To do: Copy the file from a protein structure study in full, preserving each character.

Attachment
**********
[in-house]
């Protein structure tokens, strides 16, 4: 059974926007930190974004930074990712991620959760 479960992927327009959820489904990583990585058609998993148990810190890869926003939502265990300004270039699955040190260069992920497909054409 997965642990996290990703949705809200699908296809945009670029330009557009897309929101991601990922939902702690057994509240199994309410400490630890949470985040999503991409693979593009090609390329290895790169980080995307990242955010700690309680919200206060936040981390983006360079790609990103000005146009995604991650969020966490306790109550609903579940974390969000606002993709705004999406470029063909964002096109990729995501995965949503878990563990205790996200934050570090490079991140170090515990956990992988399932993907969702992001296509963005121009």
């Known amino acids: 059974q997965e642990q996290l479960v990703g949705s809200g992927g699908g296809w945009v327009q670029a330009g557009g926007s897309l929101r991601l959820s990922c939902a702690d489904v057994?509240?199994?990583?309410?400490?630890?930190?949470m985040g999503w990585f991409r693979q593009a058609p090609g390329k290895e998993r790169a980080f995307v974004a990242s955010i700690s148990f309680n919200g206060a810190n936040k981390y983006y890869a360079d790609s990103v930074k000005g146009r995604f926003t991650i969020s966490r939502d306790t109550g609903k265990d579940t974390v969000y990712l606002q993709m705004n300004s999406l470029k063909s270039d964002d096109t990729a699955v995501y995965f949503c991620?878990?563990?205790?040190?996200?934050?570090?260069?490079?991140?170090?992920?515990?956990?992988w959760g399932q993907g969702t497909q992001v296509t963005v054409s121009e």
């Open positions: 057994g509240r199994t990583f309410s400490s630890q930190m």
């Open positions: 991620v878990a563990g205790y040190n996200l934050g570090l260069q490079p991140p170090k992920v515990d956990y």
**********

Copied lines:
[in-house]
């Protein structure tokens, strides 16, 4: 059974926007930190974004930074990712991620959760 479960992927327009959820489904990583990585058609998993148990810190890869926003939502265990300004270039699955040190260069992920497909054409 997965642990996290990703949705809200699908296809945009670029330009557009897309929101991601990922939902702690057994509240199994309410400490630890949470985040999503991409693979593009090609390329290895790169980080995307990242955010700690309680919200206060936040981390983006360079790609990103000005146009995604991650969020966490306790109550609903579940974390969000606002993709705004999406470029063909964002096109990729995501995965949503878990563990205790996200934050570090490079991140170090515990956990992988399932993907969702992001296509963005121009």
């Known amino acids: 059974q997965e642990q996290l479960v990703g949705s809200g992927g699908g296809w945009v327009q670029a330009g557009g926007s897309l929101r991601l959820s990922c939902a702690d489904v057994?509240?199994?990583?309410?400490?630890?930190?949470m985040g999503w990585f991409r693979q593009a058609p090609g390329k290895e998993r790169a980080f995307v974004a990242s955010i700690s148990f309680n919200g206060a810190n936040k981390y983006y890869a360079d790609s990103v930074k000005g146009r995604f926003t991650i969020s966490r939502d306790t109550g609903k265990d579940t974390v969000y990712l606002q993709m705004n300004s999406l470029k063909s270039d964002d096109t990729a699955v995501y995965f949503c991620?878990?563990?205790?040190?996200?934050?570090?260069?490079?991140?170090?992920?515990?956990?992988w959760g399932q993907g969702t497909q992001v296509t963005v054409s121009e």
């Open positions: 057994g509240r199994t990583f309410s400490s630890q930190m």
């Open positions: 991620v878990a563990g205790y040190n996200l934050g570090l260069q490079p991140p170090k992920v515990d956990y």